Will claiming state and final salary pensions when I’m 65 affect my money purchase annual allowance?

David Wesley-Yates
12 September 2018

Q

Reading the Ask the Experts section in April 2018 I was surprised to see David Wesley-Yates’ answer to the question: “How much can I invest in a self-invested personal pension (Sipp) that I have not yet used in retirement?”

David says that if you have only accessed an income from your defined benefit pension, it does not trigger the money purchase annual allowance (MPAA). My understanding was that once you access any pension the MPAA is triggered.

In my own case, I expect to have pension income from three sources: my state pension when I am 67, a final salary pension from age 60, and my Sipp. I don’t plan to take anything out of my Sipp but would like to continue investing in it.

My question is: if I am claiming my state pension and getting my final salary pension by the time I’m 65, will I have triggered the MPAA?

From
FC/Surbiton

A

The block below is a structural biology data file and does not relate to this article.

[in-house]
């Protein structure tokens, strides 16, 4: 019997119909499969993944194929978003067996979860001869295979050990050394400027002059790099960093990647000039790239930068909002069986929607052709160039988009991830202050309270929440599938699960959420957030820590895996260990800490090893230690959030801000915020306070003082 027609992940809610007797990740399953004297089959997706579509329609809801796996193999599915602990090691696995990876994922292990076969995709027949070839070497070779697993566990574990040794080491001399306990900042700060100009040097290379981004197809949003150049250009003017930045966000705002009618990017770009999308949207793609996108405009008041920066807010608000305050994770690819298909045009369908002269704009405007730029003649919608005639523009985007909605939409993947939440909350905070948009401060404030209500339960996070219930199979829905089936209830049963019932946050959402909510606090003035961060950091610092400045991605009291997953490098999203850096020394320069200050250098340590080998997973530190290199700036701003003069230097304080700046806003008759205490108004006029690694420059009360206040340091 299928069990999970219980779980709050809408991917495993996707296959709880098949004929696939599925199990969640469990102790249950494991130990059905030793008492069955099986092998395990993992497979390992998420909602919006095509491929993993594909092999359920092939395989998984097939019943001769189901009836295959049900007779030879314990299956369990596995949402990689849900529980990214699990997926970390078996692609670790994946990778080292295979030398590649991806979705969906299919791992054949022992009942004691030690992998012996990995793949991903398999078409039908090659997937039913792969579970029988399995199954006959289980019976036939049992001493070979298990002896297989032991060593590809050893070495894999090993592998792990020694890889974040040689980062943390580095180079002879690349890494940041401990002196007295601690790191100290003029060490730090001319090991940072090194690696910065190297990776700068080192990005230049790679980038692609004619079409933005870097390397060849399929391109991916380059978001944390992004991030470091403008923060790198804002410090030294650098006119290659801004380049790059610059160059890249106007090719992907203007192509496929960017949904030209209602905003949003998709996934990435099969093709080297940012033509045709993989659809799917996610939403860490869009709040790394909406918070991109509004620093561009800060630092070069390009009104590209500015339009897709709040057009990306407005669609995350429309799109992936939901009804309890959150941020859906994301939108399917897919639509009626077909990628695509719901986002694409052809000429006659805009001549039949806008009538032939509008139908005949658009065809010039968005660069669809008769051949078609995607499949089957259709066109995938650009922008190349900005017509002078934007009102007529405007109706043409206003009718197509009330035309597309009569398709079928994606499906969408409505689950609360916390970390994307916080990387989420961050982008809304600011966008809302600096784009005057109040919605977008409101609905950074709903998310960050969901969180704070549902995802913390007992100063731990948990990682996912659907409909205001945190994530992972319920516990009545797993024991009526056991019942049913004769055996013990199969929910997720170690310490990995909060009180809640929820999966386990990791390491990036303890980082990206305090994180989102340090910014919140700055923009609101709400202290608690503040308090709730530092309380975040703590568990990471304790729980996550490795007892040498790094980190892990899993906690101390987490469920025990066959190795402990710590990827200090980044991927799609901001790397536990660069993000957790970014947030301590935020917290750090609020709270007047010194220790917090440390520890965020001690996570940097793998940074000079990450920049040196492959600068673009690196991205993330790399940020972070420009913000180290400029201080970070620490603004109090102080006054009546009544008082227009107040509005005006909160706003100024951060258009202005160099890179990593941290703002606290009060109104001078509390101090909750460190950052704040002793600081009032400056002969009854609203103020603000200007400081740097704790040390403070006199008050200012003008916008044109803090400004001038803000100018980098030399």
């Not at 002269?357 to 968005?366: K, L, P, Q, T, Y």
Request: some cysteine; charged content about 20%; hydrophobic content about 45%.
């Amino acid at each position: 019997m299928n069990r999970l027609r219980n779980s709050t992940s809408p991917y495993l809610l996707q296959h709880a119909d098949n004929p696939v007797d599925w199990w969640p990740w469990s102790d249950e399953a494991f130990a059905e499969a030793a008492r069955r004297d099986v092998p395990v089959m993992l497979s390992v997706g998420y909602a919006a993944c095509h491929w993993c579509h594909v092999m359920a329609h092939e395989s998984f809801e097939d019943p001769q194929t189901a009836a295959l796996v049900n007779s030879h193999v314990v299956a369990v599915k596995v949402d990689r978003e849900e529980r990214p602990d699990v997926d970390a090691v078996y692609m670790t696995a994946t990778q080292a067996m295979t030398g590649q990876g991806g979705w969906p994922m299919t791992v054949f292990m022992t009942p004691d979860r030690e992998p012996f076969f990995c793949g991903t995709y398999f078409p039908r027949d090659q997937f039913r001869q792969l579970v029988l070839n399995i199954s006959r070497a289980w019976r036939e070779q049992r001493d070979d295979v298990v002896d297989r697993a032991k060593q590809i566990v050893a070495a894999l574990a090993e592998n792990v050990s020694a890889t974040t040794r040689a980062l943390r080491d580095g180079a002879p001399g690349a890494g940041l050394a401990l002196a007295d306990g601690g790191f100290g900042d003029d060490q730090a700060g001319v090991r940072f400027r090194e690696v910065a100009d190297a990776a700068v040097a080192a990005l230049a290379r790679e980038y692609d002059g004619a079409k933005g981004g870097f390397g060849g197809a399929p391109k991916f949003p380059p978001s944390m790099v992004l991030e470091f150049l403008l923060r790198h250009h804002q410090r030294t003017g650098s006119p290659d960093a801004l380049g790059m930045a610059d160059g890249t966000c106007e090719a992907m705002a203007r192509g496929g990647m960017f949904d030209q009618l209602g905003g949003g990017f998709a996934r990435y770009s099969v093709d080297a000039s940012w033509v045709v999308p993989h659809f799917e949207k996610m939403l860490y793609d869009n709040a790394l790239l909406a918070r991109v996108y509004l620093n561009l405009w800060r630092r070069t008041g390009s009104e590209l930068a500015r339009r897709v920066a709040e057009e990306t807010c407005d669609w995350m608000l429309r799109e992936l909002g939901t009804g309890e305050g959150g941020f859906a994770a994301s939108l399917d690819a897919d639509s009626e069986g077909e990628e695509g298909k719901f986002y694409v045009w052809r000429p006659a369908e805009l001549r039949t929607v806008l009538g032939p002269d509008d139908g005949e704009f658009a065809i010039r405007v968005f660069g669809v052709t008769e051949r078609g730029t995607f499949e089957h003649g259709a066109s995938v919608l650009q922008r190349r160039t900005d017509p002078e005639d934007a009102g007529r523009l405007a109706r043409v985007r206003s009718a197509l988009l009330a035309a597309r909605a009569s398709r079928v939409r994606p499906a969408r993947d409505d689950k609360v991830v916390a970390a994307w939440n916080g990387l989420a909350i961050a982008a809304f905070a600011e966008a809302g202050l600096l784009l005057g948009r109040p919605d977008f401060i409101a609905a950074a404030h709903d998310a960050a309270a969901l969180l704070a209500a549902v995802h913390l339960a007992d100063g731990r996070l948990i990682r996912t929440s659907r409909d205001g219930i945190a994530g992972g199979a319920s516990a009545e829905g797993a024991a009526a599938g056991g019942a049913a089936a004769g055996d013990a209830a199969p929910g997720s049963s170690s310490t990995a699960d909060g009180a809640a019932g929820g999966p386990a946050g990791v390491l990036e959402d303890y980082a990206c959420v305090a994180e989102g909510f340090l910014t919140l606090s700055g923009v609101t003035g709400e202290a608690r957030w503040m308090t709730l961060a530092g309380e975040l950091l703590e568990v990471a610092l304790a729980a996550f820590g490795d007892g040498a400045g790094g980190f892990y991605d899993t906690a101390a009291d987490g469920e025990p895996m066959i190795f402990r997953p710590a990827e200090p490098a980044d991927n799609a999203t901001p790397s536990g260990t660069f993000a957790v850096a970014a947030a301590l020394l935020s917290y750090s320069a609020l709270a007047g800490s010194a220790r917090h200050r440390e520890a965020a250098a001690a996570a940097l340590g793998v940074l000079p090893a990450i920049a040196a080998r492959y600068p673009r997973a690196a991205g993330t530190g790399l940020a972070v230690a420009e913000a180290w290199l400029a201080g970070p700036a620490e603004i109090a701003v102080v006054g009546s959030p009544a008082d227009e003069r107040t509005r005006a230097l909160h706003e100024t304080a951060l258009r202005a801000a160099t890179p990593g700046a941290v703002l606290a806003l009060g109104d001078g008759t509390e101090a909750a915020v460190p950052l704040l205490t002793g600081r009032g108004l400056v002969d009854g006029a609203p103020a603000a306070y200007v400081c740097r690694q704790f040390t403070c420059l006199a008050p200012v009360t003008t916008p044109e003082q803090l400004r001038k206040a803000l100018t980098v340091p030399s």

Sometimes it’s possible to keep paying into your pension even after you take money out of a pot – but you may have to pay tax on contributions of over £4,000 a year.

That’s because your annual allowance drops to £4,000 in the first full tax year after you take money from your pension pot for all defined contribution schemes you’re in. This only relates to payment into defined contribution schemes. 

This lower allowance is called the money purchase annual allowance (MPAA). Your annual allowance drops when you take any of the following from a defined contribution scheme:

  • Cash or a short-term annuity from a flexi-access drawdown fund.
  • Cash from a pension pot (‘uncrystallised funds pension lump sums’).
  • More than the limit from a capped drawdown fund.

The limit also drops to £4,000 in some other situations. Your pension provider sends you a ‘flexible access statement’ to tell you when this happens. The receipt of a pension from the state or from a defined benefit scheme will not impact on this reduced allowance.

Please note this rule is not to be confused with the annual allowance and the lifetime allowance, which set different rules on the contributions into your pension pot depending on different circumstances.